If you're in the US, like me, you could just try to buy online cheap, used/refurbished unlocked smartphone (I bought a refurbished (unlocked) Nexus 4 from woot) and also buy a SIM card adapter kit (in case you need to adapt to different SIM card sizes). This way you can just use your keepgo SIM on your unlocked phone, and mix and match with local SIM cards, if needed. Also, your US cell service might actually have pretty good data roaming abroad... I know for Colombia T-mobile had free data and unlimited text, and voice at a 0.20USD/min rate... which is not bad, considering.

I did something similar when I went to Colombia, which works the same way as Europe. I swapped around a local SIM with an international data SIM when needed.

  • correct. Having a phone that's not simlocked and simply buying a European prepaid card (you may want one for each country, check rates to see what's most economical) is the way to go if your provider doesn't have decent roaming rates and you are planning to use the phone for more than a very limited amount of traffic. – jwenting Jun 29 '15 at 6:28
2

Is there a reason you cannot have your current smart phone unlocked? (Not owning one for example)

It's certainly possible to buy unlocked phones in the UK, where your journey apparently starts. The costs are normally quite considerable for a smart phone, although there are some budget options. Carphone Warehouse would be the chain most likley to suit your needs. A better option may to be buy a second hand phone. There are independent shops doing this everywhere, as well as the chains CEX and GAME. Ensure that any phone you buy second hand is unlocked (most will be, if not they'll do it for a fee). Ensure that any second hand phone has not been blocked, or showing any other signs of being stolen.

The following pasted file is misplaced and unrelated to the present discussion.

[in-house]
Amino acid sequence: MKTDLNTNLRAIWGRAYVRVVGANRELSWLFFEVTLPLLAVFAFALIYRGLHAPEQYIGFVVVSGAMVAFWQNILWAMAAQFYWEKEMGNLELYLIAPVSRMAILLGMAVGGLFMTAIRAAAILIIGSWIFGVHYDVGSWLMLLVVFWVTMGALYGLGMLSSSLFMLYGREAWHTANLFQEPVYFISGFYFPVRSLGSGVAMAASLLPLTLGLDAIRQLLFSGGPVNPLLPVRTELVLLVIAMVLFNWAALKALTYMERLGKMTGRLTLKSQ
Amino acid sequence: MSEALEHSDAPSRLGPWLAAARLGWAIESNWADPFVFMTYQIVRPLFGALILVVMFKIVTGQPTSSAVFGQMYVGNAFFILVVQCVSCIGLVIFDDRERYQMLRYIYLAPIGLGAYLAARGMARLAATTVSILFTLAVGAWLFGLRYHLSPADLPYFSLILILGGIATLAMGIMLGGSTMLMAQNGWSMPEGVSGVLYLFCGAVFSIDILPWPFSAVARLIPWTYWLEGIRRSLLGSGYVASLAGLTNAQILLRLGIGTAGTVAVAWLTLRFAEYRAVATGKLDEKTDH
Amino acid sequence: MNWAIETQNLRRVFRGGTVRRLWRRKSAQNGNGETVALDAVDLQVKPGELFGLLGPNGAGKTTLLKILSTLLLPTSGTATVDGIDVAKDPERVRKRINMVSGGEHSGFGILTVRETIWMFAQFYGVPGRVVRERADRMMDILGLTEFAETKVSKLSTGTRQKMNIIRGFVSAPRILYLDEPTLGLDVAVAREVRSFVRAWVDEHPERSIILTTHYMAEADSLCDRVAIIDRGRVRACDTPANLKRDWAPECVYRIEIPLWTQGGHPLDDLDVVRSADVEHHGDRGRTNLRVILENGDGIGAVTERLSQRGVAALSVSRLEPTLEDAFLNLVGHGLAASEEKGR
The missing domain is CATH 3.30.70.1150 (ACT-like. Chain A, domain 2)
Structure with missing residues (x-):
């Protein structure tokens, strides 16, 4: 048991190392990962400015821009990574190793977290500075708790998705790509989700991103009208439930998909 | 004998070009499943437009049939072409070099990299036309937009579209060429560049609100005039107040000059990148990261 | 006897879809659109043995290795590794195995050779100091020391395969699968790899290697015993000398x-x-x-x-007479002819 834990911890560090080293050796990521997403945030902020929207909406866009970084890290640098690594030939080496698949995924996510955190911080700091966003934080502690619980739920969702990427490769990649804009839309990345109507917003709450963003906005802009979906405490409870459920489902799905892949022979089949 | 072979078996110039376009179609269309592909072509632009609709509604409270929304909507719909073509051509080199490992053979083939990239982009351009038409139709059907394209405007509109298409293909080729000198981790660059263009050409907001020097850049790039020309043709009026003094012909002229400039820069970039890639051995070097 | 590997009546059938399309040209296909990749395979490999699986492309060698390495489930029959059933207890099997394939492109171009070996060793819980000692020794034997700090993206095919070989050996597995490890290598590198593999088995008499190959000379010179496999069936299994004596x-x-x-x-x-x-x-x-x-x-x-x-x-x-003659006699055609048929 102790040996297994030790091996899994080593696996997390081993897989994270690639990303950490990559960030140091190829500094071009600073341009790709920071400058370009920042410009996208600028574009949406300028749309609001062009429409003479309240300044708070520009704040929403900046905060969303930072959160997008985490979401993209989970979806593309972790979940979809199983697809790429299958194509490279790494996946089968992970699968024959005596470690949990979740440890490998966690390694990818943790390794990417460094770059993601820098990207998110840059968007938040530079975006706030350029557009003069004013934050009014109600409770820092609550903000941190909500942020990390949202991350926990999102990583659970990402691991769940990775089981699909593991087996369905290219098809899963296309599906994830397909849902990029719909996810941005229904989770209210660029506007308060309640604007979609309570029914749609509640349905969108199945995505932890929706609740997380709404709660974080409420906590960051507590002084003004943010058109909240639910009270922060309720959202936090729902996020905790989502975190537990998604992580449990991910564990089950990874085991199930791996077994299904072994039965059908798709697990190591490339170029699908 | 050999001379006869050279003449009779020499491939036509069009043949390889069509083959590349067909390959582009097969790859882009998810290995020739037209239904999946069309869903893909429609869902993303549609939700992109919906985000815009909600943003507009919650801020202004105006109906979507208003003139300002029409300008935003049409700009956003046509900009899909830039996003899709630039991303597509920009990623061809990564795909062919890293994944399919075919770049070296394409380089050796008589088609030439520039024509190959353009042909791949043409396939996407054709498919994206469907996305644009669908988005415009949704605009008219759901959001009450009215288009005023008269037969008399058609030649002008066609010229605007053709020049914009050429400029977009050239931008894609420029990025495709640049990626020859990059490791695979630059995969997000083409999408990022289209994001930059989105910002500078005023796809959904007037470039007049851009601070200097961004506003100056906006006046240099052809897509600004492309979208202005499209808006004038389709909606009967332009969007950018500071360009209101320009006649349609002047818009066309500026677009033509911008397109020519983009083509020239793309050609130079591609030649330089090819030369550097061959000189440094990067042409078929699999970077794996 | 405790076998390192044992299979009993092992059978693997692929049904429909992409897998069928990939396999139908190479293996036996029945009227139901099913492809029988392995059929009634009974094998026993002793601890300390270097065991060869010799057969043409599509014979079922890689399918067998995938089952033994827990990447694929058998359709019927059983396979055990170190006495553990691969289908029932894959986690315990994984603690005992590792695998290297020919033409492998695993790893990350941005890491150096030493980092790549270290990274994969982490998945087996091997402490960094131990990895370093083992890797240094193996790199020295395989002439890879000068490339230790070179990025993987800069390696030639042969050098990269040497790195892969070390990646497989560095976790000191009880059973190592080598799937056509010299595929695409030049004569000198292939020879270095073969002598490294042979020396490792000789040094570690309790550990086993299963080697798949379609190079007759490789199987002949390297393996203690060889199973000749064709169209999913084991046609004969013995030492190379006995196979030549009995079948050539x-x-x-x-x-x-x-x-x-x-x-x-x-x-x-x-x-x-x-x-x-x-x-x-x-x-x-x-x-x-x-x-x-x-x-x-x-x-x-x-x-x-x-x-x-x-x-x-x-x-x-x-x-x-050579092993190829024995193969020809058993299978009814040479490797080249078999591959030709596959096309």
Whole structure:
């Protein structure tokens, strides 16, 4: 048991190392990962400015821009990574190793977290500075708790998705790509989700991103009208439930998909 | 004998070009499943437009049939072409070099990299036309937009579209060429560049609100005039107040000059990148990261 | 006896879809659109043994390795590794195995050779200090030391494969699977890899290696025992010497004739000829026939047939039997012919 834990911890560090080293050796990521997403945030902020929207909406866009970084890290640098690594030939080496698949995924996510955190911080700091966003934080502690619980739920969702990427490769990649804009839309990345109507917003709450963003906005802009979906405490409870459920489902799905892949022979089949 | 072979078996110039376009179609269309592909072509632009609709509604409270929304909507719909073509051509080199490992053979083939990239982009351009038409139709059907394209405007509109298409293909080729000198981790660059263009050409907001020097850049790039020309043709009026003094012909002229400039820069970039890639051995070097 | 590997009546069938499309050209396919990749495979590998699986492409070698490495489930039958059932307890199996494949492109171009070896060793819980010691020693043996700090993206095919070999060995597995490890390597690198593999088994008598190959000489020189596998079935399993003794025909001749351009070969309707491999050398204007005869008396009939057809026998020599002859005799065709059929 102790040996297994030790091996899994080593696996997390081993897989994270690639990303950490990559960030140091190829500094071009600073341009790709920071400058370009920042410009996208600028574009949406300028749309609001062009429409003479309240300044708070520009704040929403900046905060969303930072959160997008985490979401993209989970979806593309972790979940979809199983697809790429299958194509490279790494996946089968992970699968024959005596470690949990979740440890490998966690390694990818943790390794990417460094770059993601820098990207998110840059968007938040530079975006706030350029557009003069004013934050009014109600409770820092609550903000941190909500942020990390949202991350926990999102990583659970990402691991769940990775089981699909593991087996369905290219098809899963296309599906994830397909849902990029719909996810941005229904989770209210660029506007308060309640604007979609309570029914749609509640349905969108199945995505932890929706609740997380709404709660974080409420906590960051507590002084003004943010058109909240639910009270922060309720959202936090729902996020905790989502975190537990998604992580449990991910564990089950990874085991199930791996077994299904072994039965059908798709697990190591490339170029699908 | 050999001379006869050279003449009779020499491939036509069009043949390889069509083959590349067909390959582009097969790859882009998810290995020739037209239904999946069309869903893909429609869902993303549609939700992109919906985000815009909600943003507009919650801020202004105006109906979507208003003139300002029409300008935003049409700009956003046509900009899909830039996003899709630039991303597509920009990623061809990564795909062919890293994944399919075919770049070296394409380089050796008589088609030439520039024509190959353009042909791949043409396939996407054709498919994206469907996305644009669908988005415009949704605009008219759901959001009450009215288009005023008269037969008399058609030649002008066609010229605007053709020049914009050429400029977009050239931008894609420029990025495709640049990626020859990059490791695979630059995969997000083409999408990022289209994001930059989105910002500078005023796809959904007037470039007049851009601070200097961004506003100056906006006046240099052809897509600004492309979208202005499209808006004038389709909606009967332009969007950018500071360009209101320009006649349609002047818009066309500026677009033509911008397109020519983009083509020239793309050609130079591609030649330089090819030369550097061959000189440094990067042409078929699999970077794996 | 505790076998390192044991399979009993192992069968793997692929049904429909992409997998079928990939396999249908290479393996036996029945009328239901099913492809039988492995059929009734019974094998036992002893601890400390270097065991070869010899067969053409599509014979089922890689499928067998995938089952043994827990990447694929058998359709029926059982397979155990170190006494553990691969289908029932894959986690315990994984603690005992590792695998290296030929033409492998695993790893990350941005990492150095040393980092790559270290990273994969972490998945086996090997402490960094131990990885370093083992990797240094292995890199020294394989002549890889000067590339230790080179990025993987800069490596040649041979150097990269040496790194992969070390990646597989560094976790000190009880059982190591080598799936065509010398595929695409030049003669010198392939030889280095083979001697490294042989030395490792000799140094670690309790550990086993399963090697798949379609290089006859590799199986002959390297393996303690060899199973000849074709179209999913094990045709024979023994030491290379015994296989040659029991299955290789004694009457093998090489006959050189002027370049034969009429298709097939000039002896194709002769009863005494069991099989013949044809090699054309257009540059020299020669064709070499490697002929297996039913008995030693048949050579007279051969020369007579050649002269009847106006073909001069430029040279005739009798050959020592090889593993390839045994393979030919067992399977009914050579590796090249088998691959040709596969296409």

The biggest problem you are likley to face however is that you will be travelling to different european countries and hence subject to roaming charges there. (Note that this includes the Republic of Ireland for UK based networks). If you're staying somewhere long enough, then you can get a local sim - otherwise you may find it worth just paying the inflated rates.

  • Thanks for mentioning unlocking my current phone. I updated the question to acknowledge. Also thanks for the SIM card advice. I don't think it applies to me because I don't care about voice or text service and keepgo is designed to work across country borders. If I am misunderstanding how SIM cards work, I would appreciate it if you could expand on what you said. – Europe2015 Jun 29 '15 at 14:51
  • I don't know anything about Keepgo. If they have agreement for data access across the countries you are visting, then the roaming charges I mentined are not relevant - I was referring to if you purchased a pay-as-you-go SIM for data/calls/texts while on your trip. – CMaster Jun 29 '15 at 14:54
  • Ah, so KeepGo is just a generic data-only SIM for many countries. Not impresed by their prices mind, think that buying an EU SIM and paying the roaming might well be competetive.. – CMaster Jun 29 '15 at 15:25

Your Answer

By clicking “Post Your Answer”, you agree to our terms of service, privacy policy and cookie policy

Not the answer you're looking for? Browse other questions tagged or ask your own question.